Influenced by: some of Dolores Del Rio’s comedies; prevailing norms, although it was its own breakthrough

Influenced: perpetuated the hot-blooded, temperamental Latina stereotype; some felt these films influenced “I Love Lucy”

C15. Dance, Girl, Dance (Arzner, 1940) clip imdb LB RT trailer wiki
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“What’s it for? So you can go home when the show’s over, strut before your wives and sweethearts and play at being the stronger sex for a minute? I’m sure they see through you. I’m sure they see through you just like we do!”

From the end of the silent period until her retirement (1927-1943), Dorothy Arzner was the only female director working in Hollywood, and this stands as her most fully articulated feminist film, a female buddy-comedy, about two dancers that come to burlesque with rather different backgrounds and expectations, that sometimes works to indict patriarchal audiences on screen and off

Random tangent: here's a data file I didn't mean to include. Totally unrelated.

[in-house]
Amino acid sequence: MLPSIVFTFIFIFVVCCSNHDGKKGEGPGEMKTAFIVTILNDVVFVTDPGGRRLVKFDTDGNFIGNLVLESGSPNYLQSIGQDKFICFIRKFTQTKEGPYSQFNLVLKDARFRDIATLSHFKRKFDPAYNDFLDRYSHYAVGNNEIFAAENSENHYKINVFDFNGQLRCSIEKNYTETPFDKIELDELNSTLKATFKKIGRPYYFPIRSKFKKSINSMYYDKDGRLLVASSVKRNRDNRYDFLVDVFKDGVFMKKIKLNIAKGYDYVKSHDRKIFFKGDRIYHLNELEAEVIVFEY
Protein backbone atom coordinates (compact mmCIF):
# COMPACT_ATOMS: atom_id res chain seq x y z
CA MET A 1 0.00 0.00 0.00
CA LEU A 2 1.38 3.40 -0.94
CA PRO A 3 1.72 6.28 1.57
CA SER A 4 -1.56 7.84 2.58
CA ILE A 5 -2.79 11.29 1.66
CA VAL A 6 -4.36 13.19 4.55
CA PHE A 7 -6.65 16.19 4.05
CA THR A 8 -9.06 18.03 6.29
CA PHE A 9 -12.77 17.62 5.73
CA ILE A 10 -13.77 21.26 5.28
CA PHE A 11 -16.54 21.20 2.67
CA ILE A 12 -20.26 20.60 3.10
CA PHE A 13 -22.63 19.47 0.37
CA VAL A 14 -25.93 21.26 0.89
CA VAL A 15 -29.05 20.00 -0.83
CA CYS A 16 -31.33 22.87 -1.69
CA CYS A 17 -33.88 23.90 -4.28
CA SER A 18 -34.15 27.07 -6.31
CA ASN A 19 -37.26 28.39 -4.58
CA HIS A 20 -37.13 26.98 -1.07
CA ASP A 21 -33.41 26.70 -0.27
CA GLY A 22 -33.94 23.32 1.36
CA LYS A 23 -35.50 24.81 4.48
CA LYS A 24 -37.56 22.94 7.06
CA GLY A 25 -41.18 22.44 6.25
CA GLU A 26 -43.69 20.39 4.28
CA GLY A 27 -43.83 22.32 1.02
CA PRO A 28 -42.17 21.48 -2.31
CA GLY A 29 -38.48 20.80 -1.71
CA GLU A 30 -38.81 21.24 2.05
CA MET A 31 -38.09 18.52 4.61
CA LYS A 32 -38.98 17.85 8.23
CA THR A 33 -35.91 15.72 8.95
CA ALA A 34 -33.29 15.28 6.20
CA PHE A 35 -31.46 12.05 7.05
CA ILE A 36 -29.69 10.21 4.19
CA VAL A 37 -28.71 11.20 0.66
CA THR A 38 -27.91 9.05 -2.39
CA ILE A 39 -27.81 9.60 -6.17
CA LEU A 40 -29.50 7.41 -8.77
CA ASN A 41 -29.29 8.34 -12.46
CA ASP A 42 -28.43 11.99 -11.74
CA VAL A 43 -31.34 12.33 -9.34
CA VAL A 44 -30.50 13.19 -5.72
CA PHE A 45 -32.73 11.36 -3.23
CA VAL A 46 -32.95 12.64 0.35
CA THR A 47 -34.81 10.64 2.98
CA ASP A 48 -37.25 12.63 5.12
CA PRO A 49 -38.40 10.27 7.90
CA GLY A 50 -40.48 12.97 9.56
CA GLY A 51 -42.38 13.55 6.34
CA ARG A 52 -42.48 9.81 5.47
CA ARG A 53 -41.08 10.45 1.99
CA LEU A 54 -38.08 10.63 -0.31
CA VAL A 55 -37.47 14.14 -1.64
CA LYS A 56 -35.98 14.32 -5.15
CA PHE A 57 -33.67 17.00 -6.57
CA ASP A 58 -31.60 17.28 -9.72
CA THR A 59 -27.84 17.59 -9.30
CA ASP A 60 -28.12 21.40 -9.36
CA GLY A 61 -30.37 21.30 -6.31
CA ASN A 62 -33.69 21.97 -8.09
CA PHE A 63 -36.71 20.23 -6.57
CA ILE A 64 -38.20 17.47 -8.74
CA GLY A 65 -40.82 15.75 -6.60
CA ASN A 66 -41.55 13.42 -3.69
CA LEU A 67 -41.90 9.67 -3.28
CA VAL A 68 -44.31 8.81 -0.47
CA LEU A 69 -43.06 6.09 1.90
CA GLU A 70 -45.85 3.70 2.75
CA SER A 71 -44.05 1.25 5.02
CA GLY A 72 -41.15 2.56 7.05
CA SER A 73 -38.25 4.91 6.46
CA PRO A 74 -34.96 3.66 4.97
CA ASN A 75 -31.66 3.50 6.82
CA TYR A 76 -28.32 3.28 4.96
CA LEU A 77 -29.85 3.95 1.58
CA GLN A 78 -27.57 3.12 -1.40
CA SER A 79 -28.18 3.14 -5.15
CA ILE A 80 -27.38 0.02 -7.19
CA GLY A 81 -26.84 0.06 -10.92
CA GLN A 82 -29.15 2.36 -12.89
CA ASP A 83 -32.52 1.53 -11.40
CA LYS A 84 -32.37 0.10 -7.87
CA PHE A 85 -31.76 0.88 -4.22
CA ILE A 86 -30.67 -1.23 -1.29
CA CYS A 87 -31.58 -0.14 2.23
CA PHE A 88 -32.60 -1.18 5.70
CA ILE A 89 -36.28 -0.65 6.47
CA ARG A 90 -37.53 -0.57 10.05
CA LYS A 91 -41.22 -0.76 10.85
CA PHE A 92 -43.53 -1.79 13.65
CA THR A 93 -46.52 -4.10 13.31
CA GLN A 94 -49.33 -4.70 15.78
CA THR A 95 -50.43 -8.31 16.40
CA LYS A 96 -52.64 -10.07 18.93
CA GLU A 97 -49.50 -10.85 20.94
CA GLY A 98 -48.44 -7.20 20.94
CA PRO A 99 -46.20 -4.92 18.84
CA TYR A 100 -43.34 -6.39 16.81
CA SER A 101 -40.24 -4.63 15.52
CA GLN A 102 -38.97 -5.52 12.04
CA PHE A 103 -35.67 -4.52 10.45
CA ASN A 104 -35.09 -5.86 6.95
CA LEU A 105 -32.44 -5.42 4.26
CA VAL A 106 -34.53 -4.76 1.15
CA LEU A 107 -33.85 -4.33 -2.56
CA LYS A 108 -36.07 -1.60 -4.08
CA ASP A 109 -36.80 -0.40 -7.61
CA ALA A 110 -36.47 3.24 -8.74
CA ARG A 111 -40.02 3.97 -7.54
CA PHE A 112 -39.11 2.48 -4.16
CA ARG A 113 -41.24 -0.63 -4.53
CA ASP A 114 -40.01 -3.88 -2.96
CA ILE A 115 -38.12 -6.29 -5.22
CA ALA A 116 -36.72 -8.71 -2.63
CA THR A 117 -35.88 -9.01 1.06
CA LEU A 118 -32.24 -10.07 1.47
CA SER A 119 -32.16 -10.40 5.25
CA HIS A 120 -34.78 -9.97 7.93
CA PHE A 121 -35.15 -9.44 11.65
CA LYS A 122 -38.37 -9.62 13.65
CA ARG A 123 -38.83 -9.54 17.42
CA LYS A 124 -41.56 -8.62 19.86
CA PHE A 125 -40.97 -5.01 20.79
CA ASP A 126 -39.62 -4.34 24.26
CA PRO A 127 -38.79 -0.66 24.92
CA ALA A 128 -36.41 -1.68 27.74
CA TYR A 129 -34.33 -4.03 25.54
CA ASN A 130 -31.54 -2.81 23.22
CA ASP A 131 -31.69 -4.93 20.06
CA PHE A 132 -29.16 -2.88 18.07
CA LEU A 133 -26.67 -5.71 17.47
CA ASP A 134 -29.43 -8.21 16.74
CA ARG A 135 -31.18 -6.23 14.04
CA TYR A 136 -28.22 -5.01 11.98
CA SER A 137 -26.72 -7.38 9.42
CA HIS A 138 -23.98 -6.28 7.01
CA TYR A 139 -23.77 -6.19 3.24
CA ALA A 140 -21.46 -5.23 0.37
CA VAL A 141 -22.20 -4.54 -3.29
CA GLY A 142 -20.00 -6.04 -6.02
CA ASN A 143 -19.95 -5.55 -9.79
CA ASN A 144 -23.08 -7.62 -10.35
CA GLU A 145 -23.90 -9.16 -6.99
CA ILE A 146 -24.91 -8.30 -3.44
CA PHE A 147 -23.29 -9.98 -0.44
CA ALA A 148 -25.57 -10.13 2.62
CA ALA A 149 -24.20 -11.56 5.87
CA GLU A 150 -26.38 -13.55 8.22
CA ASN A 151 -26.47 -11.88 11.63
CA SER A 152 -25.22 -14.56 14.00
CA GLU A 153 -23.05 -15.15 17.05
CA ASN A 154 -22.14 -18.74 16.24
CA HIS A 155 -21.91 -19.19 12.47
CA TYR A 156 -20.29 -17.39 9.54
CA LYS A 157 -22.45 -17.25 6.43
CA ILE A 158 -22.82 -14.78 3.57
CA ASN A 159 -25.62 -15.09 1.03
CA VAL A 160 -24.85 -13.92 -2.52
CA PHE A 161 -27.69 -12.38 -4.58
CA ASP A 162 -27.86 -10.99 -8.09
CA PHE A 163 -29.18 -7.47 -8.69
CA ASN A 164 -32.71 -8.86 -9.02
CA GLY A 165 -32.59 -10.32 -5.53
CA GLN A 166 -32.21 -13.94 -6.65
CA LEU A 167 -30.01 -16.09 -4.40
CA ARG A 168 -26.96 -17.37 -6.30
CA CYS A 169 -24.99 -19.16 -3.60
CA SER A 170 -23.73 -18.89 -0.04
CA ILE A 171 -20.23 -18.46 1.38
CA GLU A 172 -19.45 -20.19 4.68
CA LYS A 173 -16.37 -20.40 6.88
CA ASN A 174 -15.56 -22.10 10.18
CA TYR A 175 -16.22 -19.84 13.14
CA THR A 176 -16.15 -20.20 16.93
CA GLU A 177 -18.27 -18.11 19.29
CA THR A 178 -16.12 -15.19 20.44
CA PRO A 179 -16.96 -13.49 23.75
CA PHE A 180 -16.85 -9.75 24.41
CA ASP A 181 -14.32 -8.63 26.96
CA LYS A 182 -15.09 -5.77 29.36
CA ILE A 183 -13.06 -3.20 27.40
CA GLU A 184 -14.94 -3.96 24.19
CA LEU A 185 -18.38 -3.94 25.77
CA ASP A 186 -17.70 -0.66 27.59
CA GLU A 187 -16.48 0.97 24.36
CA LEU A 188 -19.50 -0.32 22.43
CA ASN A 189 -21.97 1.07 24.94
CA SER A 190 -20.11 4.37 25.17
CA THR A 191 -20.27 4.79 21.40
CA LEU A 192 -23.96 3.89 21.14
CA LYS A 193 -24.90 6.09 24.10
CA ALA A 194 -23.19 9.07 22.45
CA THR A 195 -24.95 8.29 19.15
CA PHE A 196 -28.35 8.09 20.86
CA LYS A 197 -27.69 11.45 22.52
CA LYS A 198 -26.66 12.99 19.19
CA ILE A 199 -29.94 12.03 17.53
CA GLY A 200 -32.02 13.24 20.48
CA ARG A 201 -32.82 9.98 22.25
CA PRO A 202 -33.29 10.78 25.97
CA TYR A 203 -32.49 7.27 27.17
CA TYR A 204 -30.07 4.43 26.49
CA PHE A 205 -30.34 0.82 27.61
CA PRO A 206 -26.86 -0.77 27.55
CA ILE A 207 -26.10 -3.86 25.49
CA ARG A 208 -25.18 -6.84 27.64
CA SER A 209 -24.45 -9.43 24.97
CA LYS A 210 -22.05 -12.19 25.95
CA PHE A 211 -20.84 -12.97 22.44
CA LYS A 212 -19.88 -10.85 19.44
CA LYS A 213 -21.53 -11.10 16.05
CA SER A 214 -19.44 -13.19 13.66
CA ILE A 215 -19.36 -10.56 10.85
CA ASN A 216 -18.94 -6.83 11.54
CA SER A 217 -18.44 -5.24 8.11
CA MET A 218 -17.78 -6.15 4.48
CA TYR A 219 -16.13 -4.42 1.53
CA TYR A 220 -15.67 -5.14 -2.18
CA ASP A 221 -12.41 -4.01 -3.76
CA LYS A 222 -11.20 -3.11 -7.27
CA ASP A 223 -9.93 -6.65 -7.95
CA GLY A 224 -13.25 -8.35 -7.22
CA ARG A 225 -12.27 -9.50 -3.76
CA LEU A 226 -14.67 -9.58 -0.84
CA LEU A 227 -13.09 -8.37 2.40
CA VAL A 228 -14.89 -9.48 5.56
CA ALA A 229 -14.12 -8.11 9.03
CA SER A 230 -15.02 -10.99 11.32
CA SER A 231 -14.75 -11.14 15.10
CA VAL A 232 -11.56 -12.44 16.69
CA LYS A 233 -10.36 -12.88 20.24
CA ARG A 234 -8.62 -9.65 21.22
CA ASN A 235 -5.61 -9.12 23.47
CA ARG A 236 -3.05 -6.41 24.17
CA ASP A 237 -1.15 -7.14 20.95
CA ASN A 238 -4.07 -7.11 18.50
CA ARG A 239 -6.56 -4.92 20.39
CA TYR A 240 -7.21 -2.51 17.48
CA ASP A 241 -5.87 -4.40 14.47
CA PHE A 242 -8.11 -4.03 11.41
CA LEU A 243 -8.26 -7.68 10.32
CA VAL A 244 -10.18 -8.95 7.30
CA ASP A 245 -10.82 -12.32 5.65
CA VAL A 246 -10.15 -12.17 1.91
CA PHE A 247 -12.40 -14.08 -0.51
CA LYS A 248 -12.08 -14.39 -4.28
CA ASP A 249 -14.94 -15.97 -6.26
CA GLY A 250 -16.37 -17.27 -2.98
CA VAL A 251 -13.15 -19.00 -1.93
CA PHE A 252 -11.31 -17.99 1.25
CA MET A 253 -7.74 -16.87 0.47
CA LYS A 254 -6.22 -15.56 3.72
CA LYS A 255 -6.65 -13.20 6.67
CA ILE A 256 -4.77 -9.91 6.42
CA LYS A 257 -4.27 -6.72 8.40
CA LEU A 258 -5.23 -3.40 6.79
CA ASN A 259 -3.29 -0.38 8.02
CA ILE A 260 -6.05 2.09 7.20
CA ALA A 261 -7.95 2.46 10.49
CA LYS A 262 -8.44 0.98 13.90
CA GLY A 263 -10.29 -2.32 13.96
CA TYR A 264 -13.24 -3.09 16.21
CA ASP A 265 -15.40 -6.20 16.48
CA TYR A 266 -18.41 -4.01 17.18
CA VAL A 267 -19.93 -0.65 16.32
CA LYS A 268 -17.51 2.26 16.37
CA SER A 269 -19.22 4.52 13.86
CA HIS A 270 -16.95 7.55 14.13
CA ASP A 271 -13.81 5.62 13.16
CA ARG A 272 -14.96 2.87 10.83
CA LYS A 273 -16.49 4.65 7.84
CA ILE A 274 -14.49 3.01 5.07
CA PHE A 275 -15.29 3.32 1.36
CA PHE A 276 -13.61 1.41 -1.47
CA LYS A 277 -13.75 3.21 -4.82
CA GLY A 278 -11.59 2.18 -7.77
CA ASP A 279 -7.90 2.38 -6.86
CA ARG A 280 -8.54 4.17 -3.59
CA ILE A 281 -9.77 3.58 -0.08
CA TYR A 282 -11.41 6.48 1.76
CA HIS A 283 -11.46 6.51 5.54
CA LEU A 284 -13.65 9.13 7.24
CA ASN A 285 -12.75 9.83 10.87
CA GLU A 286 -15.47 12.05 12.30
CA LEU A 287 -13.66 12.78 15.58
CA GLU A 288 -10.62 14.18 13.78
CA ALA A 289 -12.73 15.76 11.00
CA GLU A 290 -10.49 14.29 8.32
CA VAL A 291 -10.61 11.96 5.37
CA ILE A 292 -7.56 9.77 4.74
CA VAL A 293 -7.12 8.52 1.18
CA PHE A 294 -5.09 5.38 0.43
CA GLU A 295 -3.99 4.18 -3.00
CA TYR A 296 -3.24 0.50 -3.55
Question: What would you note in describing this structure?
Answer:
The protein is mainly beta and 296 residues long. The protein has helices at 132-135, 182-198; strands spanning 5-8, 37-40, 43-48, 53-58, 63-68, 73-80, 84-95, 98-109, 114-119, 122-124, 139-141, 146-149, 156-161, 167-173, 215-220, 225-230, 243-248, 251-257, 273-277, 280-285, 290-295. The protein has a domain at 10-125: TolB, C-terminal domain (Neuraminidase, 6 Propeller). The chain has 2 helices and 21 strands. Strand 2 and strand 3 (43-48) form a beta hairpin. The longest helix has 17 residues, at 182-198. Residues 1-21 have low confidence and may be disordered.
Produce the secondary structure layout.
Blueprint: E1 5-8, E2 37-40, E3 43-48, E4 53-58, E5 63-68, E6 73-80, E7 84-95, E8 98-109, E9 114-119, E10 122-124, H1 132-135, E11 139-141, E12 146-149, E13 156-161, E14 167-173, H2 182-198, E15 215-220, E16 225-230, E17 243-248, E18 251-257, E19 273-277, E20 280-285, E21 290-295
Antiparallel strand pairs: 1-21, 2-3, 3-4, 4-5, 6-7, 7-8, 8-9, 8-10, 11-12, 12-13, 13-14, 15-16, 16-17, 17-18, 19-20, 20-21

Influenced by: Arzner’s skill, deploying yet subtly challenging Hollywood codes

Influenced: this was Arzner’s last completed film; unfortunately Hollywood did not rush to hire other female directors

C16. Cabin in the Sky (Minnelli, 1943)

C17. The Three Caballeros (Ferguson, 1944)

C18. Gentleman’s Agreement (Kazan, 1947)

C19. Home of the Brave (Robson, 1949)

C20. Border Incident (Mann, 1950)

C21. The Young Lovers (Never Fear) (Lupino, 1951)

C22. Broken Arrow (Dawes, 1950)

C23. The Salt of the Earth (Biberman, 1954)